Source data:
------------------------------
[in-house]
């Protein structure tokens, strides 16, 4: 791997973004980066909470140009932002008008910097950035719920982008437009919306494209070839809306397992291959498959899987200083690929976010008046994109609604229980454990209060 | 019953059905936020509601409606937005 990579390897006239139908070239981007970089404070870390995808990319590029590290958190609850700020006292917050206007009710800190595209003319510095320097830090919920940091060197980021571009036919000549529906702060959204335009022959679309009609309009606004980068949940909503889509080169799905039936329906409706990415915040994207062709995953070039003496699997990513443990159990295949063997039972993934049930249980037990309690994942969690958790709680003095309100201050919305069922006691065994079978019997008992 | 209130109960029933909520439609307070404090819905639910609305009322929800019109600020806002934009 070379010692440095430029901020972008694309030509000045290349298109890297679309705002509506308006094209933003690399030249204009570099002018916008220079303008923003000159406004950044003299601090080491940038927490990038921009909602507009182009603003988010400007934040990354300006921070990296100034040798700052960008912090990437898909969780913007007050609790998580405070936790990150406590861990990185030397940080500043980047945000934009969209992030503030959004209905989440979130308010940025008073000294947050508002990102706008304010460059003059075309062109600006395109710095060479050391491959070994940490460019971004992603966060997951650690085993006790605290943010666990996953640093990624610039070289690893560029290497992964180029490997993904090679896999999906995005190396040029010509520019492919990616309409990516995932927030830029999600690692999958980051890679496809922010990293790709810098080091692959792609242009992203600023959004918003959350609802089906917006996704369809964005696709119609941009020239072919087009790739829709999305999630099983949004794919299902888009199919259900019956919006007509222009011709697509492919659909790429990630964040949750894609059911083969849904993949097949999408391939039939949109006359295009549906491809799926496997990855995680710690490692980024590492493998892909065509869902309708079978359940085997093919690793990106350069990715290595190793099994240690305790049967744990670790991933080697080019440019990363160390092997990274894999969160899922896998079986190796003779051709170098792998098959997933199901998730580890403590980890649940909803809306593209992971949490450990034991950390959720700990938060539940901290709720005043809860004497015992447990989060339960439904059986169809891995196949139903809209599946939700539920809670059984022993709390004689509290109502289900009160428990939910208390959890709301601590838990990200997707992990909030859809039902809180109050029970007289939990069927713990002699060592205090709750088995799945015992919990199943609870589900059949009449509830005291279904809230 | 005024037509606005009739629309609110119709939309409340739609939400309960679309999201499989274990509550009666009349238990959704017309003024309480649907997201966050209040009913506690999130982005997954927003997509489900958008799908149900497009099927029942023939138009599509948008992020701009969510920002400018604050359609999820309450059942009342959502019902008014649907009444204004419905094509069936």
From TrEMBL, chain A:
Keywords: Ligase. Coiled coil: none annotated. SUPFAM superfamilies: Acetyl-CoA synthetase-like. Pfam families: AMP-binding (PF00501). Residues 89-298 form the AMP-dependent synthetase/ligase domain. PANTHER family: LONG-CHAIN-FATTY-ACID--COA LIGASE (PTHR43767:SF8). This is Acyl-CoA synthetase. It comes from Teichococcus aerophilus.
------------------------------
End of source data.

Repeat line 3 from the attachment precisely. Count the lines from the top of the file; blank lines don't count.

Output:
From TrEMBL, chain A: